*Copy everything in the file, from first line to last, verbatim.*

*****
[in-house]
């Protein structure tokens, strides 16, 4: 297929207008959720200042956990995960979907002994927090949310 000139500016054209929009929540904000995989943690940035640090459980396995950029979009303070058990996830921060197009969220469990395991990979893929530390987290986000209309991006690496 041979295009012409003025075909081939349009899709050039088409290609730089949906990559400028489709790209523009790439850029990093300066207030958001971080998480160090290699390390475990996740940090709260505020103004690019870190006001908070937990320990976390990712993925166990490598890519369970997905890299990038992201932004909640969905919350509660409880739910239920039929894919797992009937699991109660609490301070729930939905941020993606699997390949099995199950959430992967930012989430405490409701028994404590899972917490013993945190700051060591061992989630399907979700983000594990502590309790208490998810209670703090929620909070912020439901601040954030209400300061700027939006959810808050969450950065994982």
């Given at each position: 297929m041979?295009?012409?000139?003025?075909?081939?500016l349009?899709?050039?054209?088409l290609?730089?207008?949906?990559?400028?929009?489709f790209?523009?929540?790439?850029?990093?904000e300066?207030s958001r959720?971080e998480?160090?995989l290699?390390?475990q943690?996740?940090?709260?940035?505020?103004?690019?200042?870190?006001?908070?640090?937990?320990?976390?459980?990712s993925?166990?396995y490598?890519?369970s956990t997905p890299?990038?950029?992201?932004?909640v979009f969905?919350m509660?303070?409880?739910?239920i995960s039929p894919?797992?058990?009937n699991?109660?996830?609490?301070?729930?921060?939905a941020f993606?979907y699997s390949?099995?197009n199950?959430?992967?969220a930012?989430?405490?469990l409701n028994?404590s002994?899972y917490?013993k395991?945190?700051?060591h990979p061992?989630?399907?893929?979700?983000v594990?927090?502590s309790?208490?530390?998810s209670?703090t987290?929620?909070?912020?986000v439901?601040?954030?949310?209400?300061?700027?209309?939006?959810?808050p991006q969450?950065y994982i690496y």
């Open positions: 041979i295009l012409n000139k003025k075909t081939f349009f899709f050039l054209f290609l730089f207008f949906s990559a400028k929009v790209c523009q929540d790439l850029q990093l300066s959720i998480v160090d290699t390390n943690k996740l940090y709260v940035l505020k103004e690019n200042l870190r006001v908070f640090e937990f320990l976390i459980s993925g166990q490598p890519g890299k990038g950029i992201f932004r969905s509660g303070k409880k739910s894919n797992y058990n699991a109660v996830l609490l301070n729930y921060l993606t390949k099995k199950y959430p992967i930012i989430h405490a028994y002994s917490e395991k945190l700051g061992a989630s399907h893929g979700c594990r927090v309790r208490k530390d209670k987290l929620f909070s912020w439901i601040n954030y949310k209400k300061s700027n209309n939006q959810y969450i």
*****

[in-house]
């Protein structure tokens, strides 16, 4: 297929207008959720200042956990995960979907002994927090949310 000139500016054209929009929540904000995989943690940035640090459980396995950029979009303070058990996830921060197009969220469990395991990979893929530390987290986000209309991006690496 041979295009012409003025075909081939349009899709050039088409290609730089949906990559400028489709790209523009790439850029990093300066207030958001971080998480160090290699390390475990996740940090709260505020103004690019870190006001908070937990320990976390990712993925166990490598890519369970997905890299990038992201932004909640969905919350509660409880739910239920039929894919797992009937699991109660609490301070729930939905941020993606699997390949099995199950959430992967930012989430405490409701028994404590899972917490013993945190700051060591061992989630399907979700983000594990502590309790208490998810209670703090929620909070912020439901601040954030209400300061700027939006959810808050969450950065994982």
């Given at each position: 297929m041979?295009?012409?000139?003025?075909?081939?500016l349009?899709?050039?054209?088409l290609?730089?207008?949906?990559?400028?929009?489709f790209?523009?929540?790439?850029?990093?904000e300066?207030s958001r959720?971080e998480?160090?995989l290699?390390?475990q943690?996740?940090?709260?940035?505020?103004?690019?200042?870190?006001?908070?640090?937990?320990?976390?459980?990712s993925?166990?396995y490598?890519?369970s956990t997905p890299?990038?950029?992201?932004?909640v979009f969905?919350m509660?303070?409880?739910?239920i995960s039929p894919?797992?058990?009937n699991?109660?996830?609490?301070?729930?921060?939905a941020f993606?979907y699997s390949?099995?197009n199950?959430?992967?969220a930012?989430?405490?469990l409701n028994?404590s002994?899972y917490?013993k395991?945190?700051?060591h990979p061992?989630?399907?893929?979700?983000v594990?927090?502590s309790?208490?530390?998810s209670?703090t987290?929620?909070?912020?986000v439901?601040?954030?949310?209400?300061?700027?209309?939006?959810?808050p991006q969450?950065y994982i690496y």
């Open positions: 041979i295009l012409n000139k003025k075909t081939f349009f899709f050039l054209f290609l730089f207008f949906s990559a400028k929009v790209c523009q929540d790439l850029q990093l300066s959720i998480v160090d290699t390390n943690k996740l940090y709260v940035l505020k103004e690019n200042l870190r006001v908070f640090e937990f320990l976390i459980s993925g166990q490598p890519g890299k990038g950029i992201f932004r969905s509660g303070k409880k739910s894919n797992y058990n699991a109660v996830l609490l301070n729930y921060l993606t390949k099995k199950y959430p992967i930012i989430h405490a028994y002994s917490e395991k945190l700051g061992a989630s399907h893929g979700c594990r927090v309790r208490k530390d209670k987290l929620f909070s912020w439901i601040n954030y949310k209400k300061s700027n209309n939006q959810y969450i």